Asus ZenFone 5 hands-on

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Asus ZenFone 5 hands-on

Asus surprised us with the unveiling of a new line of affordable smartphones for the wider public today, at CES2014, and in a good way. The new series will be called ZenFone and they offer a pretty decent bang for your buck, should you ever find yourself looking for a deal, as opposed to the very latest in tech. The ZenFone 5, is, without a doubt, the more interesting of the trio of new budget phones, if only because it's diagonal measures at 5-inches -- the current Android sweet spot. But does a $149 price tag manage as much? Let's have a quick, cursory look.

Asus ZenFone 5 hands-on
Asus ZenFone 5 hands-on
Asus ZenFone 5 hands-on
Asus ZenFone 5 hands-on
Asus ZenFone 5 hands-on
Asus ZenFone 5 hands-on

Design


The design of the Asus ZenFone 5 is quite simplistic, but that actually won it extra points with us, and we sure liked the way the Taiwanese company styled this one. It's got a slightly curved, but ergonomic soft-touch rear casing that comes in a truly rich palette of colors -- from black, through white down to yellow, red and blue, with a number of extra options available, making this a truly customizable phone. It features capacitive buttons over at the bottom bezel, right underneath which, you'll find a metalic strip that adds just enough character to the ZenFone 5. This, in addition to the wide array of color options, helps the phone to stand out from the crowd. 

This is not an award-winning design, folks, but it's pretty darn sexy, all things considered.

Display


The ZenFone 5 features a 5-inch, 720x1280 pixel resolution IPS display. As with most such panels, we're treated to a sufficiently crisp viewing experience, life-like colors and relatively decent viewing angles. Asus has managed to strike a balance with the amount of bezels, too -- there's some extra fatty plastic on the bottom, but the sides are perfectly adequate for this price range. Overall, while this 5-inch panel won't wow anybody, we found it more than appropriate.

Interface


Another fairly important announcement that Asus made today is the introduction of a new custom UI that it cooked in-house. Called ZenUI, the new interface is built on top of Android 4.3 Jelly Bean and seeks to simplify the user experience, and it really feels quite pleasant. On a first look, it proved responsive and snappy, and a good effort overall -- we do know how paradoxically complicated it is to simplify things without butchering the entire experience in the process.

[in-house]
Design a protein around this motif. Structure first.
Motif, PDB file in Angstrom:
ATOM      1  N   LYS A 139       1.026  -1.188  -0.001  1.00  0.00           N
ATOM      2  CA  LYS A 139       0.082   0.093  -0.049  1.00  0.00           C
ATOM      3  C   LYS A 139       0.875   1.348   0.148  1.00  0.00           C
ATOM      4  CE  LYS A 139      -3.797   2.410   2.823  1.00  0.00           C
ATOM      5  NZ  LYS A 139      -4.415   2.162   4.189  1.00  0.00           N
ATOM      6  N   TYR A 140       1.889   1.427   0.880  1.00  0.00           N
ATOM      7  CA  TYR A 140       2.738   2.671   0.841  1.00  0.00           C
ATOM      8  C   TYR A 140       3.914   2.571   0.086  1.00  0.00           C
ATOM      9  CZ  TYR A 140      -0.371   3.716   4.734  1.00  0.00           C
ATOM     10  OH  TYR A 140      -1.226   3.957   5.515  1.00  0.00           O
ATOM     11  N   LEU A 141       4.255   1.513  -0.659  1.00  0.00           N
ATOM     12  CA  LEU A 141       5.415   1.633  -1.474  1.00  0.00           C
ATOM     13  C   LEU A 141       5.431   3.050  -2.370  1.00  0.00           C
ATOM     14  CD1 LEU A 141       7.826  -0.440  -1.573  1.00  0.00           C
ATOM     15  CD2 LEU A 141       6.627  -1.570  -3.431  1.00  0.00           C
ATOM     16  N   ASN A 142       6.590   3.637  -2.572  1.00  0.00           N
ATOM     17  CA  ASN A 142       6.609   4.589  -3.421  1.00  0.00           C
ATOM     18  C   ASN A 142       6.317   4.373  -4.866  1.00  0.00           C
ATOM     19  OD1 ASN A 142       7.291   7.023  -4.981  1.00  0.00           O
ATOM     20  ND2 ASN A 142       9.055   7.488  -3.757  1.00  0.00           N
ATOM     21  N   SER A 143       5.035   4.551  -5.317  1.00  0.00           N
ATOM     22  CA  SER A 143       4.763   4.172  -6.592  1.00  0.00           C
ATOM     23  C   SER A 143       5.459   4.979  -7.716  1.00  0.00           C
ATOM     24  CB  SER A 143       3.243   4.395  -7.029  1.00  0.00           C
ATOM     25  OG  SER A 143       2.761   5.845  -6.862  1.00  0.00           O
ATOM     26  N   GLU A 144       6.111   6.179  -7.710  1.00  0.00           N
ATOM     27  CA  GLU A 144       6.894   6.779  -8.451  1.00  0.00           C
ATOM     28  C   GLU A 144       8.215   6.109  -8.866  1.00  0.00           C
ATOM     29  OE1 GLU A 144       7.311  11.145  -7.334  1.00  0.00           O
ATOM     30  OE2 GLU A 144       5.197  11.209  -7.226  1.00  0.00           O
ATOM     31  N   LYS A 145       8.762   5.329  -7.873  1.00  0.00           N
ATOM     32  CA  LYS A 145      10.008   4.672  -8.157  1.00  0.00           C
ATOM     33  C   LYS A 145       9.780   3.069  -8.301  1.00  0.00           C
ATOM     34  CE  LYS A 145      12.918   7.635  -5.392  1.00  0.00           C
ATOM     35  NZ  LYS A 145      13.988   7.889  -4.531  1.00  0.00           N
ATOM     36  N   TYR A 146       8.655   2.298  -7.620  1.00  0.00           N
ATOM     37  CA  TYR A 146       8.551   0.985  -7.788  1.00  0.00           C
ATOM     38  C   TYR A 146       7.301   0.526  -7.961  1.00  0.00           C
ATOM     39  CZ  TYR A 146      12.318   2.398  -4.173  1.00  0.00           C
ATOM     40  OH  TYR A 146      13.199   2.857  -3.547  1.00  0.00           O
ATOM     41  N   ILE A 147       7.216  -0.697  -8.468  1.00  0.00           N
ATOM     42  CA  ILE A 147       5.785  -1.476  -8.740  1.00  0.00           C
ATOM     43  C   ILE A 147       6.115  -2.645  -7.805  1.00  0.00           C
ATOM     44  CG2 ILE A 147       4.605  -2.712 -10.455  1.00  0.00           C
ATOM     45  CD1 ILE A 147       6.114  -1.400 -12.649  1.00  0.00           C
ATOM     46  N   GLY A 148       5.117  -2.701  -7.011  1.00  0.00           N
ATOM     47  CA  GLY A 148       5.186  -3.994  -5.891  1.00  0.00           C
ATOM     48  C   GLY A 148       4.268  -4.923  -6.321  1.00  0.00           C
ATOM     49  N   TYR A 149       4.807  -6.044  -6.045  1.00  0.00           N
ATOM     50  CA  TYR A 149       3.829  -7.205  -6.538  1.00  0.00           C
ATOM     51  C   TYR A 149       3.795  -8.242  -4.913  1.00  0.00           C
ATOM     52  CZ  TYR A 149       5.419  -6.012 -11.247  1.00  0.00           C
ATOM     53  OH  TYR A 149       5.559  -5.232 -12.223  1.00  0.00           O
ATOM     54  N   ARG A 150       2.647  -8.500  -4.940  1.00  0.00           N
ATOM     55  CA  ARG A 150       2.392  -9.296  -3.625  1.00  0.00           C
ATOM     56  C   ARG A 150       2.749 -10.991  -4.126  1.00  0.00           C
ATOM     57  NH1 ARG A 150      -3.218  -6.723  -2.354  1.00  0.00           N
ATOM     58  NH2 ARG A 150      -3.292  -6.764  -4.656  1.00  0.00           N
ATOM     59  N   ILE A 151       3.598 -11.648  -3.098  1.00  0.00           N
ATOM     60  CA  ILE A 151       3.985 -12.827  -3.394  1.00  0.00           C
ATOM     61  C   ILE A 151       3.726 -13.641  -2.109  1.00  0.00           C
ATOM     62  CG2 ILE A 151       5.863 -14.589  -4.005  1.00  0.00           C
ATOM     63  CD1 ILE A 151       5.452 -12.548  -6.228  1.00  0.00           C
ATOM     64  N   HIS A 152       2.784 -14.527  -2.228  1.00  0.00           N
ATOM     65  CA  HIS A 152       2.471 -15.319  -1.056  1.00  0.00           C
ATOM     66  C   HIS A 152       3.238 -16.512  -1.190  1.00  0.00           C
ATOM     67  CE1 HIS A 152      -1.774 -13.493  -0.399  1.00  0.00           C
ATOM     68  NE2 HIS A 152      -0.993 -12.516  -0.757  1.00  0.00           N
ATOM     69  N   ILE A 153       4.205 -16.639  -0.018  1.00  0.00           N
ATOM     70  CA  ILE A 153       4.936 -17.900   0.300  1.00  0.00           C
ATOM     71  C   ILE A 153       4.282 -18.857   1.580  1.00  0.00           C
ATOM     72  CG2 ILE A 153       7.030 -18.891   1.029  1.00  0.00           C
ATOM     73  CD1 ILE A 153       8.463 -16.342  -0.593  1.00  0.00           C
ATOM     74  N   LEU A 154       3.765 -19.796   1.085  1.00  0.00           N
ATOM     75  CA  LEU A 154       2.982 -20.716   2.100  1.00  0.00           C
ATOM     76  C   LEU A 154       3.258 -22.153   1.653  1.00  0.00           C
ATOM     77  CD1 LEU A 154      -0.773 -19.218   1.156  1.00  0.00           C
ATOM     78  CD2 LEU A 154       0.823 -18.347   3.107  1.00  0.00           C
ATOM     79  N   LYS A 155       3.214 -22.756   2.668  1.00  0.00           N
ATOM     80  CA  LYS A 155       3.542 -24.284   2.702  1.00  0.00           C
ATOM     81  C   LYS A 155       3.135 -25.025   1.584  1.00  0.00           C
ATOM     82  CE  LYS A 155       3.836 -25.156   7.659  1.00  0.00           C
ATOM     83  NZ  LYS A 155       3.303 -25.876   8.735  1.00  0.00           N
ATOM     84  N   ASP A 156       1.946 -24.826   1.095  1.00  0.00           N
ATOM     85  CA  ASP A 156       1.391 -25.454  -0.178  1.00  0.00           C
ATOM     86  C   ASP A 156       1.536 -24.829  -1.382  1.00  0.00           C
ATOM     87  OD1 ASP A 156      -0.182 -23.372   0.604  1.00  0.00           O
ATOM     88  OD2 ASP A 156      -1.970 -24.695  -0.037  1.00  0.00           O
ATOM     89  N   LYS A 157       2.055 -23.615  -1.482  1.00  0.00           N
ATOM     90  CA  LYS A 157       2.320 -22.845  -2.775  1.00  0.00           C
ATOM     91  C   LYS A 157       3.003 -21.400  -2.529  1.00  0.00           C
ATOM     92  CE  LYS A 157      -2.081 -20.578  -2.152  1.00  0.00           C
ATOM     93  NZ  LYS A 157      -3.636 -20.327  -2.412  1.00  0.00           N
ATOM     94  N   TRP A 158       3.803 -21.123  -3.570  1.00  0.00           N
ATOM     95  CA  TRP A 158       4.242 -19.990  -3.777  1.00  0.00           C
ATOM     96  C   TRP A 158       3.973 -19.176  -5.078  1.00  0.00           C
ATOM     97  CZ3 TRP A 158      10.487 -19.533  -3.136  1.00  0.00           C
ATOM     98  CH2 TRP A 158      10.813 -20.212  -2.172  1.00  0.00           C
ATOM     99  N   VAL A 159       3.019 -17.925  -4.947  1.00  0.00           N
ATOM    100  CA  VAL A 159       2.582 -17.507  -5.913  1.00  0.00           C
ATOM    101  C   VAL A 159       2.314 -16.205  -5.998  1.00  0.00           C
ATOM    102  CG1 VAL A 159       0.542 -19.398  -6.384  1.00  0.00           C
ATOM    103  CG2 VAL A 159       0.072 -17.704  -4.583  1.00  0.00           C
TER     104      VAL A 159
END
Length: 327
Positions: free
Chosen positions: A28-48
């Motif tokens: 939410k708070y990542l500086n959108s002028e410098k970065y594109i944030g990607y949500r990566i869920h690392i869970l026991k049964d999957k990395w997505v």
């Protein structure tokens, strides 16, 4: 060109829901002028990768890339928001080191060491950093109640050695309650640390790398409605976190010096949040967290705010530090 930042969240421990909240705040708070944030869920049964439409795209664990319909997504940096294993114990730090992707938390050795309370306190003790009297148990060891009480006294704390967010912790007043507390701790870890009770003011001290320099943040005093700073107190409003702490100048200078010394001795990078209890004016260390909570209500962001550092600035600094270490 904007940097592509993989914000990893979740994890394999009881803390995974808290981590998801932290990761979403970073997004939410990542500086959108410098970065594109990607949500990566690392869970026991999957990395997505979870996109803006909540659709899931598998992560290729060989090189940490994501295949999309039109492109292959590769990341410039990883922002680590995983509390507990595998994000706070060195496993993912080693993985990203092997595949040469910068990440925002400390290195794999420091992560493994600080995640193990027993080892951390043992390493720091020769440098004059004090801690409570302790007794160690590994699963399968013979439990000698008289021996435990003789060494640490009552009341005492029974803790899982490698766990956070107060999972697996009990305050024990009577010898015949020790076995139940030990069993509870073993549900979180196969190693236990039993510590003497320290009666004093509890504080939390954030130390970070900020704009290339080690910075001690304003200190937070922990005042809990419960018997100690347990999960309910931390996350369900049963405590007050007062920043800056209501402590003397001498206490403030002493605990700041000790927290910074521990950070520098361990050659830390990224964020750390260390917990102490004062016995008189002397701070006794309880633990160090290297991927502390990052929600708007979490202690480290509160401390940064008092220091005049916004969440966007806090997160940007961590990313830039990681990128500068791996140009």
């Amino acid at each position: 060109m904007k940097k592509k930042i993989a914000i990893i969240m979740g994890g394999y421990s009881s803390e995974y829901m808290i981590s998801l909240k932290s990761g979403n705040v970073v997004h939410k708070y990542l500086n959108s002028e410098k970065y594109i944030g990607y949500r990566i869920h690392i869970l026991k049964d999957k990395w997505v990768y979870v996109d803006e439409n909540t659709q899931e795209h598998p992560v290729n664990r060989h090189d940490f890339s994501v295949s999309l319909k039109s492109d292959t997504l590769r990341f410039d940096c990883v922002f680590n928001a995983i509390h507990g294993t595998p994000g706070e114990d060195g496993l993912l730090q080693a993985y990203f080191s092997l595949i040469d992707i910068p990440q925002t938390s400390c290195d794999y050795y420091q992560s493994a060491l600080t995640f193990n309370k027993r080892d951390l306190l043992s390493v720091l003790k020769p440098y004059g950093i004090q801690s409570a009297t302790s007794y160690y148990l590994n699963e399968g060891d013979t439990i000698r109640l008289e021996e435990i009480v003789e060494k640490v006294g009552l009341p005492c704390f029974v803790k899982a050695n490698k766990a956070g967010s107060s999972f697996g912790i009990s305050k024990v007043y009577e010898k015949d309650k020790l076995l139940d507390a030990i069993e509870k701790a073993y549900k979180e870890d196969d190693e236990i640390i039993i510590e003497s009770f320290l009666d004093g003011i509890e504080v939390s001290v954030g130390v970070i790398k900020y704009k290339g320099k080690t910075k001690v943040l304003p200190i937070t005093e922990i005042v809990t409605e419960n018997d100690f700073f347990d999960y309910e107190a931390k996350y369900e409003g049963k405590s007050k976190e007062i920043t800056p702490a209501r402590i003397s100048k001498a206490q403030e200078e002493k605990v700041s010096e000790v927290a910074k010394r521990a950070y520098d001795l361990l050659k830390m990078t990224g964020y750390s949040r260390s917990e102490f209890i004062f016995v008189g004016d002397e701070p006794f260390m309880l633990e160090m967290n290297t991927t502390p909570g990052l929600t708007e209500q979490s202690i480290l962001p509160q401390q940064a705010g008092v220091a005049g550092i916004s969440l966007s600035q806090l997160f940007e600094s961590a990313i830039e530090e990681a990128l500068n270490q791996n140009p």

Best of all, Asus is promising some serious software support, as an Android 4.4 KitKat is apparently not too far off.

Processor and memory


Powering the Asus ZenFone 5 is an 2GHz dual-core Intel Atom Z2580 chipset. Now, dual-cores have definitely lost their appeal as we're bombarded with as many as eight-core chips, yet Intel's little warrior has proven that it's not to be underestimated. In other words, while it won't bring you Snapdragon 800-class performance, it is perfectly capable of operating the ZenFone 5 without any noticeable stutters.

Memory is at about the same level -- 1GB. So, spacious enough for the most common set of task, but not exactly high-end. This, of course, makes sense, as we can't help but stress the low price point.

Camera


An 8-megapixel shooter is what you'll find on the soft-touch, plasticky rear of the ZenFone 5. With an aperture of f/2.0, we're actually hoping that Asus' new phone won't end up on our list of camera units that show great discrepancies between performance on paper and in real life, and the company surely suggests as much. We're speaking, of course, of its new PixelMaster software that it seems fairly proud with. Whether this will prove to be yet another marketing tool, however, remains to be seen

Expectations


There are no two ways about it -- this is one aggressively-priced phone. What's even better is the fact that we actually found the ZenFone 5 to be pleasing in terms of looks -- a rarity among budget handsets nowadays. Depending on when and where Asus markets this 5-incher, we could definitely see the company moving a bunch of units. Unfortunately, this won't hold nearly as much truth if Asus targets these at the massively price-conscious Chinese market, where incumbents are already offering more for less.

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